Effect of a moving wall on a fully developed, equilibrium turbulent boundary layer

Effect of a moving wall on a fully developed, equilibrium turbulent boundary layer Experiments were conducted in a wind tunnel to assess the effect of a moving wall on a fully developed, equilibrium turbulent boundary layer. Pitot-static and total head probes were used in conjunction with both single- and two-component hot-wire anemometer probes to quantify the effect of wall motion on the boundary layer velocity statistics. A variable speed, seamless belt formed the wind tunnel test section wall. When stationary, the belt was found to possess a fully developed, equilibrium turbulent boundary layer in excellent agreement with archival data. With the tunnel wall moving at the free-stream speed, and at a sufficient distance above the wall, the velocity statistics in the moving-wall boundary layer were found to collapse well when scaled as a self-preserving turbulent wake. The near-wall mean velocity profile of the moving wall was found to exhibit an extended region of linearity compared to canonical turbulent boundary layer and internal flows. This can be attributed to the reduced shear resulting from wall motion and the subsequent reduction in Reynolds stress. http://www.deepdyve.com/assets/images/DeepDyve-Logo-lg.png Experiments in Fluids Springer Journals

Effect of a moving wall on a fully developed, equilibrium turbulent boundary layer

Loading next page...
 
/lp/springer_journal/effect-of-a-moving-wall-on-a-fully-developed-equilibrium-turbulent-IOzePz2w2b
Publisher
Springer-Verlag
Copyright
Copyright © 2001 by Springer-Verlag Berlin Heidelberg
Subject
Engineering; Engineering Fluid Dynamics; Fluid- and Aerodynamics; Engineering Thermodynamics, Heat and Mass Transfer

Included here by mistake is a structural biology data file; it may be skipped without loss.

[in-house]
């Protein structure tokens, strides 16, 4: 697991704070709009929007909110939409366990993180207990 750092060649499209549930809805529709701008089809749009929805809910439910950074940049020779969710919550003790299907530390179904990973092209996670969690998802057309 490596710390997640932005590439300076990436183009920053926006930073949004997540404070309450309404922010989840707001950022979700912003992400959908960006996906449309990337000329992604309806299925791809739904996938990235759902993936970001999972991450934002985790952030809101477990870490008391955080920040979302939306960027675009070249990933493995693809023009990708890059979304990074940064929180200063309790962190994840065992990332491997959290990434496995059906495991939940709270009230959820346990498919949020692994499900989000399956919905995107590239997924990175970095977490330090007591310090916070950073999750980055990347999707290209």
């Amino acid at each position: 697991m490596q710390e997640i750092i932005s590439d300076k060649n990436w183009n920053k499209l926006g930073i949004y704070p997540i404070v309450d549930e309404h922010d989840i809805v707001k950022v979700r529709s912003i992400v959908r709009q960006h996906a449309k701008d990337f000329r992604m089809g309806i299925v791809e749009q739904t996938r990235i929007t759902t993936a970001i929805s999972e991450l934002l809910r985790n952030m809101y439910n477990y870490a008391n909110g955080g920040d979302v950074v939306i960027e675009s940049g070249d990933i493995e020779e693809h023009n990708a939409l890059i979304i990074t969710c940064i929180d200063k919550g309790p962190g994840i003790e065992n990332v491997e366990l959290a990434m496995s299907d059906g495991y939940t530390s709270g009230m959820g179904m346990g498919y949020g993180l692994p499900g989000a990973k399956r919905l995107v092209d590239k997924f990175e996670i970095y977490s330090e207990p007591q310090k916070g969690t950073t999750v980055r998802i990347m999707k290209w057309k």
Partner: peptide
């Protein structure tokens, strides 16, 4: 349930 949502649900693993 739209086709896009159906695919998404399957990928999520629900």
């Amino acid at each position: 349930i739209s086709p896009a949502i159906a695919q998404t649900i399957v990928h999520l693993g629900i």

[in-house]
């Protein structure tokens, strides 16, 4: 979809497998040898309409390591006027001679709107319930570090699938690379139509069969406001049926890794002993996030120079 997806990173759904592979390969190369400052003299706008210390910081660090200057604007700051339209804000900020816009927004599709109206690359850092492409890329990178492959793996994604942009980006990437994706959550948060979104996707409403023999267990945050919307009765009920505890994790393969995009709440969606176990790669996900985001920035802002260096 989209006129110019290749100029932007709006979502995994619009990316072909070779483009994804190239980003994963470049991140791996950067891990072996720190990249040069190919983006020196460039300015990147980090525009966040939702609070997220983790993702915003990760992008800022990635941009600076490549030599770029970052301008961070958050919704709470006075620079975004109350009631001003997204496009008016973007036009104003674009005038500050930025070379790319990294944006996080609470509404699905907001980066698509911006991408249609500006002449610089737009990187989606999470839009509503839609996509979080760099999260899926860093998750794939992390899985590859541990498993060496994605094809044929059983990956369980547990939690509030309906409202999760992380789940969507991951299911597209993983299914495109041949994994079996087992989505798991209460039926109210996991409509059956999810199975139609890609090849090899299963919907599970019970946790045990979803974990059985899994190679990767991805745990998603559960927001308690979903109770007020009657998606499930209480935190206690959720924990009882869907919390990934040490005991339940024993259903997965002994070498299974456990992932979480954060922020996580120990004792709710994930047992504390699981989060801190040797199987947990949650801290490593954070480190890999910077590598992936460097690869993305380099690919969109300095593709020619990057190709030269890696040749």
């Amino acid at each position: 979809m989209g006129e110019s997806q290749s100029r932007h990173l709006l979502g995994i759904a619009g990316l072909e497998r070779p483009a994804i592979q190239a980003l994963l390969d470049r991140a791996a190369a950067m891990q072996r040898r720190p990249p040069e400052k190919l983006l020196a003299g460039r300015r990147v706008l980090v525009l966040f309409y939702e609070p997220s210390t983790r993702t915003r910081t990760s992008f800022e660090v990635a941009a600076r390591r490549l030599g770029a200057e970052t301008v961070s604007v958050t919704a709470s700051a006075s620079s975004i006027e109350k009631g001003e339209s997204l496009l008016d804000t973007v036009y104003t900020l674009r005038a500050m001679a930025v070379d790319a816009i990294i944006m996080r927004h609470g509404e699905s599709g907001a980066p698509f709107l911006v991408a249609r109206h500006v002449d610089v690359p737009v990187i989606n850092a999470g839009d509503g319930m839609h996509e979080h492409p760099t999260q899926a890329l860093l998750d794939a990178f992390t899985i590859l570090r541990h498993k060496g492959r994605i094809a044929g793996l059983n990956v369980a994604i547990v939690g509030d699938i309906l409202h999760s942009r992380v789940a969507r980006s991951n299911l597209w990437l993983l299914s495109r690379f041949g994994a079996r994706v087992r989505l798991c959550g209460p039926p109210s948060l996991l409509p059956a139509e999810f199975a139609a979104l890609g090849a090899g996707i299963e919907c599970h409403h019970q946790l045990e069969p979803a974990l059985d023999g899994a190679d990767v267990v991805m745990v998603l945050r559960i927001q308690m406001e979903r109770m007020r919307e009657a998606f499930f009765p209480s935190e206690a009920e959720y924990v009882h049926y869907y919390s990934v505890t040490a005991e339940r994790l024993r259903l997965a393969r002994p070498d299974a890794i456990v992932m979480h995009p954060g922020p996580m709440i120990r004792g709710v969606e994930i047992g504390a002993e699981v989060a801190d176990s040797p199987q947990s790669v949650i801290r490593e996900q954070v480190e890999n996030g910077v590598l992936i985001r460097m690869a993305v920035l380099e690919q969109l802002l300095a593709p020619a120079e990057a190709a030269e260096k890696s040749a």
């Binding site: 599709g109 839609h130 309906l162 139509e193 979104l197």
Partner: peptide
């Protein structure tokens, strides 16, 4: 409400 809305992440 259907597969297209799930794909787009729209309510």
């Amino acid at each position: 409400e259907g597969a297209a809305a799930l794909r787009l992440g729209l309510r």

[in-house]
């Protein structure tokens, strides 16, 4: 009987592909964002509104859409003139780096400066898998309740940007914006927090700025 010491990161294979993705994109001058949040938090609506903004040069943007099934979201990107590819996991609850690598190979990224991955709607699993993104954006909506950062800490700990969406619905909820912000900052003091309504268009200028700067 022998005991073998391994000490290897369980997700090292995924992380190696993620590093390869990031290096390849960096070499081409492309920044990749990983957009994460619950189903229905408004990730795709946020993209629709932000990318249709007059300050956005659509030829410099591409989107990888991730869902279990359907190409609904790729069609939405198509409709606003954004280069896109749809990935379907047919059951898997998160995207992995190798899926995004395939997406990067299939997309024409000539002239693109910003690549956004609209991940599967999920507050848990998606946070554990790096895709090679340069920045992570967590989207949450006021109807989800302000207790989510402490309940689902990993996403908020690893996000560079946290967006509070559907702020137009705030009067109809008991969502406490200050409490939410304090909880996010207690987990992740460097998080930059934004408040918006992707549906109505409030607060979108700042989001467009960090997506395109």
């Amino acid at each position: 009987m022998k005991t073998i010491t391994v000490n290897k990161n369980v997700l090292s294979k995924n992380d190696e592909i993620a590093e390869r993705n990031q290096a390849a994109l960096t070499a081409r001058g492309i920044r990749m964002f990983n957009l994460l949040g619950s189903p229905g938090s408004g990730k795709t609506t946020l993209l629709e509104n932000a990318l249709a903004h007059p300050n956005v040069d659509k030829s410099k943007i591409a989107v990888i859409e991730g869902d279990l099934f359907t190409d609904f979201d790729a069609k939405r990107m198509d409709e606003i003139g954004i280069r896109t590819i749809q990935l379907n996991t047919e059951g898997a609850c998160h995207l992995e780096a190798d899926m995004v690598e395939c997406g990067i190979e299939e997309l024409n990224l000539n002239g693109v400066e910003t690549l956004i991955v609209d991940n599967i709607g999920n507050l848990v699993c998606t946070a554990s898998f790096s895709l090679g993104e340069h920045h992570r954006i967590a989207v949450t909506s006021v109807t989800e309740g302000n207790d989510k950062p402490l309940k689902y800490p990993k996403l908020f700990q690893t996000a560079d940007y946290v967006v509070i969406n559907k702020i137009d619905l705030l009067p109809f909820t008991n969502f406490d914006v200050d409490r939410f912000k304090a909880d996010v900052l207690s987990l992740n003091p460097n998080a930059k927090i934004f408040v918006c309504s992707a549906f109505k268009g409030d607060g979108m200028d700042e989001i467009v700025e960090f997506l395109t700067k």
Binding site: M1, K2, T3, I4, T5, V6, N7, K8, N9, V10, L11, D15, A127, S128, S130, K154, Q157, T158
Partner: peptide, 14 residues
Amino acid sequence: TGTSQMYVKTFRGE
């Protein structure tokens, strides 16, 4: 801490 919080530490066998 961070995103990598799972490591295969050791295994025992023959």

ISSN
0723-4864
eISSN
1432-1114
D.O.I.
10.1007/s003480000221
Publisher site
See Article on Publisher Site

Abstract

Experiments were conducted in a wind tunnel to assess the effect of a moving wall on a fully developed, equilibrium turbulent boundary layer. Pitot-static and total head probes were used in conjunction with both single- and two-component hot-wire anemometer probes to quantify the effect of wall motion on the boundary layer velocity statistics. A variable speed, seamless belt formed the wind tunnel test section wall. When stationary, the belt was found to possess a fully developed, equilibrium turbulent boundary layer in excellent agreement with archival data. With the tunnel wall moving at the free-stream speed, and at a sufficient distance above the wall, the velocity statistics in the moving-wall boundary layer were found to collapse well when scaled as a self-preserving turbulent wake. The near-wall mean velocity profile of the moving wall was found to exhibit an extended region of linearity compared to canonical turbulent boundary layer and internal flows. This can be attributed to the reduced shear resulting from wall motion and the subsequent reduction in Reynolds stress.

Journal

Experiments in FluidsSpringer Journals

Published: Apr 4, 2001

There are no references for this article.

You’re reading a free preview. Subscribe to read the entire article.


DeepDyve is your
personal research library

It’s your single place to instantly
discover and read the research
that matters to you.

Enjoy affordable access to
over 12 million articles from more than
10,000 peer-reviewed journals.

All for just $49/month

Explore the DeepDyve Library

Unlimited reading

Read as many articles as you need. Full articles with original layout, charts and figures. Read online, from anywhere.

Stay up to date

Keep up with your field with Personalized Recommendations and Follow Journals to get automatic updates.

Organize your research

It’s easy to organize your research with our built-in tools.

Your journals are on DeepDyve

Read from thousands of the leading scholarly journals from SpringerNature, Elsevier, Wiley-Blackwell, Oxford University Press and more.

All the latest content is available, no embargo periods.

See the journals in your area

DeepDyve Freelancer

DeepDyve Pro

Price
FREE
$49/month

$360/year
Save searches from Google Scholar, PubMed
Create lists to organize your research
Export lists, citations
Access to DeepDyve database
Abstract access only
Unlimited access to over
18 million full-text articles
Print
20 pages/month
PDF Discount
20% off